I don't do weddings or family portraiture. It's apples and oranges to me and I've seldom seen anyone who did both well.

:: How do you distinguish between your fine art and commercial work? Obviously there are similarities in both, but how much "art" is too much in a commercial piece, and how do you keep the fine art work from having too much of a commercial feel to it?

The base definition of commercial vs. fine art is, with the commercial work, I already have a purchaser who, since they're paying the tab, is responsible for dictating the subject matter and style in which it will be shot. Fine art is what comes from my eye, my style, how I might visually interpret a scene. The payoff is often deferred for months, if not years.

As to how I keep the fine art from being flavored with a commercial bent, when I'm out shooting "art" I have to be moved by a scene to the point of rising before dawn, leaving the warm confines of my pick-up and hauling gear down a desolate path until I can frame the perfect moment.

:: To me, your outdoors commercial work reminds me of paintings, especially the trains and cowboy images. Is there any kind of conscious effort in this style?

Good question...I don't really make a conscious effort to stylize my work one way or another. That's not to say I'm not influenced by those whose work I admire. I catalog images in my head and try to note what made their photo or painting special from other similar scenes. Then I'll try and incorporate the rudiments of those previous compositions, light treatments or moments into my personal vision.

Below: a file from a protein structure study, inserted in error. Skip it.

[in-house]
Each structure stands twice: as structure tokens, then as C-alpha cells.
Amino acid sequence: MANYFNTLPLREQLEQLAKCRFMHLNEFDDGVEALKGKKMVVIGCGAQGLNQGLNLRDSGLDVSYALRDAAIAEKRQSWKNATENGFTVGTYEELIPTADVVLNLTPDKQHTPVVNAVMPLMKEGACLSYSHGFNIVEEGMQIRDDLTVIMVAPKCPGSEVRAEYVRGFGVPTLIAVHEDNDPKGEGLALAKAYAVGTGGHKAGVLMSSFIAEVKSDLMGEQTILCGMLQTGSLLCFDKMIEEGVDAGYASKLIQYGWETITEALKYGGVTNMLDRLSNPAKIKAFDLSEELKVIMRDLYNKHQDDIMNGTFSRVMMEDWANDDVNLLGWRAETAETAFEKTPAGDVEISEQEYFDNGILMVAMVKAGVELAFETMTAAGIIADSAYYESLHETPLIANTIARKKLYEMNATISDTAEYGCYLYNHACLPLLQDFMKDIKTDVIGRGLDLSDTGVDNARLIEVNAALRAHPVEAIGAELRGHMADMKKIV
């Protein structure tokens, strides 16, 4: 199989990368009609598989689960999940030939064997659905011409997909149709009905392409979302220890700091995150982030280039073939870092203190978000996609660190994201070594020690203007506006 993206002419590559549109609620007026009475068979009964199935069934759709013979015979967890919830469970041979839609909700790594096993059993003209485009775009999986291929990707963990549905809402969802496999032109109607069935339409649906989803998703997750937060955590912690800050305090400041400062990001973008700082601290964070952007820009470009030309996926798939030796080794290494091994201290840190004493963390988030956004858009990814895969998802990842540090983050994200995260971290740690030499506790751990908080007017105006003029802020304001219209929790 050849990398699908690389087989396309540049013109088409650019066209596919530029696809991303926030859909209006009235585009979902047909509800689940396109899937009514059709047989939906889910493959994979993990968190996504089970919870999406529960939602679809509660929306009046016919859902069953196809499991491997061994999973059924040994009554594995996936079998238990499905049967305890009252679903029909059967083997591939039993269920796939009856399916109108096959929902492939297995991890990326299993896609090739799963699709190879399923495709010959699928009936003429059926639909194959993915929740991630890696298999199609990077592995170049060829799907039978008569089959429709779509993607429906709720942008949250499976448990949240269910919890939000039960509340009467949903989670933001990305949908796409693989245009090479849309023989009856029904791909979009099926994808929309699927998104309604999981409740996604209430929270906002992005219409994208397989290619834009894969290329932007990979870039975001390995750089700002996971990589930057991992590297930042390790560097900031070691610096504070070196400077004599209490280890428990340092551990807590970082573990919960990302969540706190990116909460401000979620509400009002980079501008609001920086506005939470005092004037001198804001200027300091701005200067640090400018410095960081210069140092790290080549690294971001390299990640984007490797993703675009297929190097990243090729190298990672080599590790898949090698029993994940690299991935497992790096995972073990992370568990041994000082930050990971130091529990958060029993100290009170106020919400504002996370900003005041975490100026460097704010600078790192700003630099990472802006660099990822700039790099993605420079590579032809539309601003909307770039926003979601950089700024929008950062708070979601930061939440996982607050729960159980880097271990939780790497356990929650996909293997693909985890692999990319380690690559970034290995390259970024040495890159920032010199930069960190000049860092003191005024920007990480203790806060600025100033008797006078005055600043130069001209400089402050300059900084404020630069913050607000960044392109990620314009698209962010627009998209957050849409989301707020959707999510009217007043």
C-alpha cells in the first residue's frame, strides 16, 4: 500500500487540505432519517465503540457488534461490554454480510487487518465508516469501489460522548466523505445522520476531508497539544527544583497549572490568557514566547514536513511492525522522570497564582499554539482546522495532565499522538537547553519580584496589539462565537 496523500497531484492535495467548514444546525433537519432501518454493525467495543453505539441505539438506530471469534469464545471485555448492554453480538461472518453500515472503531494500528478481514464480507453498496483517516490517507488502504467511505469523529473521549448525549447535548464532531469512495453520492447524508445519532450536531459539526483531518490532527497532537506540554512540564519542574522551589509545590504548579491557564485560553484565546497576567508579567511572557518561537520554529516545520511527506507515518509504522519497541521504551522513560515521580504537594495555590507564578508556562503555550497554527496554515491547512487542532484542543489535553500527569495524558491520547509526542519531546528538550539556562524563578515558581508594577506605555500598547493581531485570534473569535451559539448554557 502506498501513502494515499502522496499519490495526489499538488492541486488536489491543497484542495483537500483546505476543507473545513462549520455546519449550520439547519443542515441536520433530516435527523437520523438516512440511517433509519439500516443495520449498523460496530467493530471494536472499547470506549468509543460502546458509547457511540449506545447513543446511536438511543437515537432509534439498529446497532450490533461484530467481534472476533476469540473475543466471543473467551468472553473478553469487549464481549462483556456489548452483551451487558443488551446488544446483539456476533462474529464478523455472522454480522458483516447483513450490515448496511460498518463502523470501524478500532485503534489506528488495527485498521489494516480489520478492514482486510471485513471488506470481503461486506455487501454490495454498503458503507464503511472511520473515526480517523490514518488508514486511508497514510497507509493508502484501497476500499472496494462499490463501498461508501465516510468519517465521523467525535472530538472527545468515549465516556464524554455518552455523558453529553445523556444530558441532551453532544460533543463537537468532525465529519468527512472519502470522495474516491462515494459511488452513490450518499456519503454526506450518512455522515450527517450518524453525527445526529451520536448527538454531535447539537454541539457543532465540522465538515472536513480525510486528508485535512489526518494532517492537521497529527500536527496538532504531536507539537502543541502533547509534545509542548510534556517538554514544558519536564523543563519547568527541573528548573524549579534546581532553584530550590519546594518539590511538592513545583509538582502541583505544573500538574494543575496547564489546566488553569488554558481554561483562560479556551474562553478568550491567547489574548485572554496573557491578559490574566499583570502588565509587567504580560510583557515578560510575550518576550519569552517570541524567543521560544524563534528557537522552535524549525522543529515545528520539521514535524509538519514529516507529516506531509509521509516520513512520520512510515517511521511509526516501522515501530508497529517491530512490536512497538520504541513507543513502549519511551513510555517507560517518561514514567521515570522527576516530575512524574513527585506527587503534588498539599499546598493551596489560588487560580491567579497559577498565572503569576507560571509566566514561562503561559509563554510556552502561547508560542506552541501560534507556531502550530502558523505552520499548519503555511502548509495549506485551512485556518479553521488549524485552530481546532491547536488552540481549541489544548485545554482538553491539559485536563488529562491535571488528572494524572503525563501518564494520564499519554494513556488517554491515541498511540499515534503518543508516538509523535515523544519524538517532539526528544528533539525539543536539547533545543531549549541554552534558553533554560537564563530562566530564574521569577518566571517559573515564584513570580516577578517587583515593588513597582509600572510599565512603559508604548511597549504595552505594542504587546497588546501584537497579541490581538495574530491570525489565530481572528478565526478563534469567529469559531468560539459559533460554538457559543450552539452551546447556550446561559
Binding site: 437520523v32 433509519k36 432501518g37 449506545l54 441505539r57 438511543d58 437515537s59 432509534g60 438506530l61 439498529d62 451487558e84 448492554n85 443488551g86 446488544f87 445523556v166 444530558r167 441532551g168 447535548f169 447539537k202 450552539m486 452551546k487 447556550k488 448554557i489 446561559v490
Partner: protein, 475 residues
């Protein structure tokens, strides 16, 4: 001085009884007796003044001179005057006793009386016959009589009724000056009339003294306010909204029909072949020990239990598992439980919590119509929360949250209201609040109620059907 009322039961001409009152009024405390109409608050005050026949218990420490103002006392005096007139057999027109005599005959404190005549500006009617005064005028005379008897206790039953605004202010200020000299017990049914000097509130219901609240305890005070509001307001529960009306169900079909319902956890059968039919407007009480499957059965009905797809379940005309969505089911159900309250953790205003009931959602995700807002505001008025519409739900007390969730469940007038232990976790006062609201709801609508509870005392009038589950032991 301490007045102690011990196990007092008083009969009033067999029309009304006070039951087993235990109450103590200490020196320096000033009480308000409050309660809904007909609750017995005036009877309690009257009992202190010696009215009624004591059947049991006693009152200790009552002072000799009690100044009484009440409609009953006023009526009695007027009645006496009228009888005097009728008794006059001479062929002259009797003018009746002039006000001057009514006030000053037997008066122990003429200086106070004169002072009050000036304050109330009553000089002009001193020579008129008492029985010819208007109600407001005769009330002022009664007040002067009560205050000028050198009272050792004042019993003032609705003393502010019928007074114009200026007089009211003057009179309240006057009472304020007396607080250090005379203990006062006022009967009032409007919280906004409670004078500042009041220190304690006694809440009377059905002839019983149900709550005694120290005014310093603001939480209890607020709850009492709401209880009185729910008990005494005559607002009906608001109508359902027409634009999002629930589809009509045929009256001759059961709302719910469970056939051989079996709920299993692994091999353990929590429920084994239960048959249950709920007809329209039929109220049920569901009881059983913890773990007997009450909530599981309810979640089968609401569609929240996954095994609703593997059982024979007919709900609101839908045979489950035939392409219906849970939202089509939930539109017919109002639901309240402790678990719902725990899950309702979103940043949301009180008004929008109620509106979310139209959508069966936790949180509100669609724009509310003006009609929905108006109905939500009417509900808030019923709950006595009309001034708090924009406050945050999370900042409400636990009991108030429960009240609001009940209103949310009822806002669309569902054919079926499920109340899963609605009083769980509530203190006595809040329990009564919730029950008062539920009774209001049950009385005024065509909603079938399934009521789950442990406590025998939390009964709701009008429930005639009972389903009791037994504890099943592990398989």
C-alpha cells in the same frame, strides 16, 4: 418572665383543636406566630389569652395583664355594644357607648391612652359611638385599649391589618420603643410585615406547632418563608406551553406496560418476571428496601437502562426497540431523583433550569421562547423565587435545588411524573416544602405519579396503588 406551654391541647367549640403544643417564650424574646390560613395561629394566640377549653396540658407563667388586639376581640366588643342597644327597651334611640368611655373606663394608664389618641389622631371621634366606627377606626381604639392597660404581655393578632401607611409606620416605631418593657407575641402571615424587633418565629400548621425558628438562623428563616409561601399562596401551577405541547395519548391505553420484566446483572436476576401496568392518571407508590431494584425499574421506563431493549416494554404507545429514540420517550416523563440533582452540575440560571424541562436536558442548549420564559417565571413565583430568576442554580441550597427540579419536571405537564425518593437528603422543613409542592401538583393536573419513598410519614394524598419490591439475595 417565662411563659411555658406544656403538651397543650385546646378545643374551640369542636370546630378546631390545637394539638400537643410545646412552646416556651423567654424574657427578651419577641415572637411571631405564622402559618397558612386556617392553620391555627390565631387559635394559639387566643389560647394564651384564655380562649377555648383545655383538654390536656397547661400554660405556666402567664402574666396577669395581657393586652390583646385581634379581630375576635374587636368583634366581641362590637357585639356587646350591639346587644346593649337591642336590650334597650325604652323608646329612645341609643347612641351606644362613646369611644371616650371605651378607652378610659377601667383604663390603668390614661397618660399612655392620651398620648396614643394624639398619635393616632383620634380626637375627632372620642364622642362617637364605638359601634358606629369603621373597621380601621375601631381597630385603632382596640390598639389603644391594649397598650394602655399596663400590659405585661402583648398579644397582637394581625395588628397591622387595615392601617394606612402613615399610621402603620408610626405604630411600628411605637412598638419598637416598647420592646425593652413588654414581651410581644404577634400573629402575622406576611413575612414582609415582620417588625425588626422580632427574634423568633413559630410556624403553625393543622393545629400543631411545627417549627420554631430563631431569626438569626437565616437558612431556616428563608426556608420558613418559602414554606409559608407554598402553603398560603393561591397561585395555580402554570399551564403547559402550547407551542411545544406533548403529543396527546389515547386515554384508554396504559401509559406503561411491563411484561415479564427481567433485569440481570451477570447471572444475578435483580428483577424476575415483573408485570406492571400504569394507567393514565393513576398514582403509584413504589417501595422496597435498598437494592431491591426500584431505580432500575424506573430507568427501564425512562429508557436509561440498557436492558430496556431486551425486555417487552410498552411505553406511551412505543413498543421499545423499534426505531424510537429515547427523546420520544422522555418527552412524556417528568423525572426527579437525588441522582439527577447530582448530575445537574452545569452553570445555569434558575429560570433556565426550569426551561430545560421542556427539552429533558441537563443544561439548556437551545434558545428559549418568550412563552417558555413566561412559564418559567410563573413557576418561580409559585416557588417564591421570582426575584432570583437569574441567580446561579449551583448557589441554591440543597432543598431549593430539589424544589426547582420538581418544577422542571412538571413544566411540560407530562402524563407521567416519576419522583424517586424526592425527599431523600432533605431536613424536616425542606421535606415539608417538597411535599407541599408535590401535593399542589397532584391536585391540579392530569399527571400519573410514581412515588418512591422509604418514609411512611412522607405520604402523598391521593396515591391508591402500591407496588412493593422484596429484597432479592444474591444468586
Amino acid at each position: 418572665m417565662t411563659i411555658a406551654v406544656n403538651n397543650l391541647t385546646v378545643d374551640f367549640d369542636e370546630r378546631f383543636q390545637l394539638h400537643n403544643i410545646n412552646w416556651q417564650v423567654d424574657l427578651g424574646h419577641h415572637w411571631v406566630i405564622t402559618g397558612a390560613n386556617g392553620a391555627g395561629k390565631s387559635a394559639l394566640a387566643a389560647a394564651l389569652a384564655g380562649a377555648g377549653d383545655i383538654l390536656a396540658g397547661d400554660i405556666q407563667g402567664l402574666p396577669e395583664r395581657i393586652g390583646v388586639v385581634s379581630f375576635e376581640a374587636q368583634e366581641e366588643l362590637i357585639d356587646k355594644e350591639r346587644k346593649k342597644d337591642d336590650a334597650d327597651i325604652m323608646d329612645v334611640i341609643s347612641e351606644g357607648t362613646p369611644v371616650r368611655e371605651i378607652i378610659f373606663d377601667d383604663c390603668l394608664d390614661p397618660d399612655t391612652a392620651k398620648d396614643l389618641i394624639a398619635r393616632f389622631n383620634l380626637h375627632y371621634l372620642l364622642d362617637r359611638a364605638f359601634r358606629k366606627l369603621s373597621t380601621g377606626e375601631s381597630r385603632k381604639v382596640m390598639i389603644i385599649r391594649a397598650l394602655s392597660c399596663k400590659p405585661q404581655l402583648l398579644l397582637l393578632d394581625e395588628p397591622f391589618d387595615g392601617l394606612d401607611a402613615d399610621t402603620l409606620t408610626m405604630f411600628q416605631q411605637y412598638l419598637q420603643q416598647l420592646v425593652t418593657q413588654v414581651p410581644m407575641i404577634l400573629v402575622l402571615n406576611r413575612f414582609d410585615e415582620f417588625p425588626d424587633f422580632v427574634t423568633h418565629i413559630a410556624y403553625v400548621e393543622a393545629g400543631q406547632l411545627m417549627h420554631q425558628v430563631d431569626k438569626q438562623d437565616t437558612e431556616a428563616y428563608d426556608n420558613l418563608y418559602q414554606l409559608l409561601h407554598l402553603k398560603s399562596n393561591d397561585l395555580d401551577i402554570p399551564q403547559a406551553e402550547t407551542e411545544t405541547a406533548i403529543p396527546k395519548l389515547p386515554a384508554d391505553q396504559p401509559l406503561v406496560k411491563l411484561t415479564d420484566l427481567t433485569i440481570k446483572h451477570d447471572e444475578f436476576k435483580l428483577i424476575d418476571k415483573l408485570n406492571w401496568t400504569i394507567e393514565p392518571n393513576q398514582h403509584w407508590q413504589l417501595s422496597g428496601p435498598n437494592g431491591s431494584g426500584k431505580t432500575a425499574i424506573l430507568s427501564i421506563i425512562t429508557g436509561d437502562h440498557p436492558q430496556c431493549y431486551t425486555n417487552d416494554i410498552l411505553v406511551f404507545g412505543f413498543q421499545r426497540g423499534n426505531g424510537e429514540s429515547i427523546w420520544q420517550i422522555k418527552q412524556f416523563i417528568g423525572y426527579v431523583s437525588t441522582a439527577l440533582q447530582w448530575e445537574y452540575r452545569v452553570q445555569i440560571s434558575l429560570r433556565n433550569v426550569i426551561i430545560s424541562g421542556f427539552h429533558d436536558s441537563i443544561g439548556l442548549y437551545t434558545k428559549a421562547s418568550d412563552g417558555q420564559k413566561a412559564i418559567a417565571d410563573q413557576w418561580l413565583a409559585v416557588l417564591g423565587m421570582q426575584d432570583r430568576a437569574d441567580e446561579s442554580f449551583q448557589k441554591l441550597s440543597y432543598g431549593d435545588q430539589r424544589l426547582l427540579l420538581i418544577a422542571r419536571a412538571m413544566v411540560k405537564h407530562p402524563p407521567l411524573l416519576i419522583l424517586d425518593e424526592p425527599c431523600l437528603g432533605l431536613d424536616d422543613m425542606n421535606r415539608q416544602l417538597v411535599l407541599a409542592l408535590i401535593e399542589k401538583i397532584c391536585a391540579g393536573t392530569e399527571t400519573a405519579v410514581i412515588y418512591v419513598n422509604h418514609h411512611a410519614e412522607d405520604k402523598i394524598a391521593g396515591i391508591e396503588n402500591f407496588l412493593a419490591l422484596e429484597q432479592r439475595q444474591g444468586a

:: I love your website; is the diptych and triptych style used in your work, or just a way of showcasing things on the website?

Actually that was the result of my hiring a consultant who revamped all of my marketing and sales materials. My previous website and portfolio displayed a single photo per page. She reasoned that if I showed two or more at a time of related imagery, it was an opportunity to show the prospective client just that much more what I could do. It was a good decision.

:: Do you feel more creative outside? What challenges does shooting people inside present for you creatively?